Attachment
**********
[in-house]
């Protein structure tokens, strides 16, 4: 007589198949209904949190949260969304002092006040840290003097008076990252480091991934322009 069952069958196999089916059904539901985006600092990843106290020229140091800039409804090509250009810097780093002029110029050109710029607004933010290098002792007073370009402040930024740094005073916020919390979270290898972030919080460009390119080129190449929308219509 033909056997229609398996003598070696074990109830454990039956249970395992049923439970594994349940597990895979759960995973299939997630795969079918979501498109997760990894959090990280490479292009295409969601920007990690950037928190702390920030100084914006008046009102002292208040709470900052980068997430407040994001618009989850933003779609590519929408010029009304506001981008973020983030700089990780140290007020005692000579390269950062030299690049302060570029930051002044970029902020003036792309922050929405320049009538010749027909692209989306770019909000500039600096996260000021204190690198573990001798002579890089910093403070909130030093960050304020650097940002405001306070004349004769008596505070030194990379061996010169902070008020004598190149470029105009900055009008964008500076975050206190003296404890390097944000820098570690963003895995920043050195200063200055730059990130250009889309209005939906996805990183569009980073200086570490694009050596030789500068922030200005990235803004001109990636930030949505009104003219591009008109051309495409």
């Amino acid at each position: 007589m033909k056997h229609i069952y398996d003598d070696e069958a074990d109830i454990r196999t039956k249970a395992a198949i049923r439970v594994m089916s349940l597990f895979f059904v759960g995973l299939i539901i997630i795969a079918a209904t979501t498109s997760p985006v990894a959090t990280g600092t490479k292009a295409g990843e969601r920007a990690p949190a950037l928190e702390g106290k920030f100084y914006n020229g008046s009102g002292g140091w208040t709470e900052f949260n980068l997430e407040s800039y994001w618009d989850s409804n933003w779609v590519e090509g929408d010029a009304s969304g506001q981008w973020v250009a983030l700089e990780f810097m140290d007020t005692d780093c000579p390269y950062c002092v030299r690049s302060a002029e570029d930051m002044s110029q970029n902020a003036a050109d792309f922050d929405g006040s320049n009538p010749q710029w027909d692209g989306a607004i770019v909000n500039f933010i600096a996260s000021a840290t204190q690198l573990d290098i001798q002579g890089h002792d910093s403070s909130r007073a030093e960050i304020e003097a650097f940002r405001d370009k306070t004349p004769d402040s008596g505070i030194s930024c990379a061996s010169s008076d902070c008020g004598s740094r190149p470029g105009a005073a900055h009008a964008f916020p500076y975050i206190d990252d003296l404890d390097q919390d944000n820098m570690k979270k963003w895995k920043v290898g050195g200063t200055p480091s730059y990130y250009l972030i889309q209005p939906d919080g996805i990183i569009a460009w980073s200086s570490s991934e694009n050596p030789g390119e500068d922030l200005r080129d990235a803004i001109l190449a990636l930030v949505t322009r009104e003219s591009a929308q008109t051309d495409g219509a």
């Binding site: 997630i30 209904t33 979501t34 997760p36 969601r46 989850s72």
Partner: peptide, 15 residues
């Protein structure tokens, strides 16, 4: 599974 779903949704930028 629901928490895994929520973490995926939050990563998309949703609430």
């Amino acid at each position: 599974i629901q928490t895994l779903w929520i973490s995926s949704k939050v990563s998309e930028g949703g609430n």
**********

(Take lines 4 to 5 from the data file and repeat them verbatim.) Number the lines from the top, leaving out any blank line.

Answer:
């Binding site: 997630i30 209904t33 979501t34 997760p36 969601r46 989850s72």
Partner: peptide, 15 residues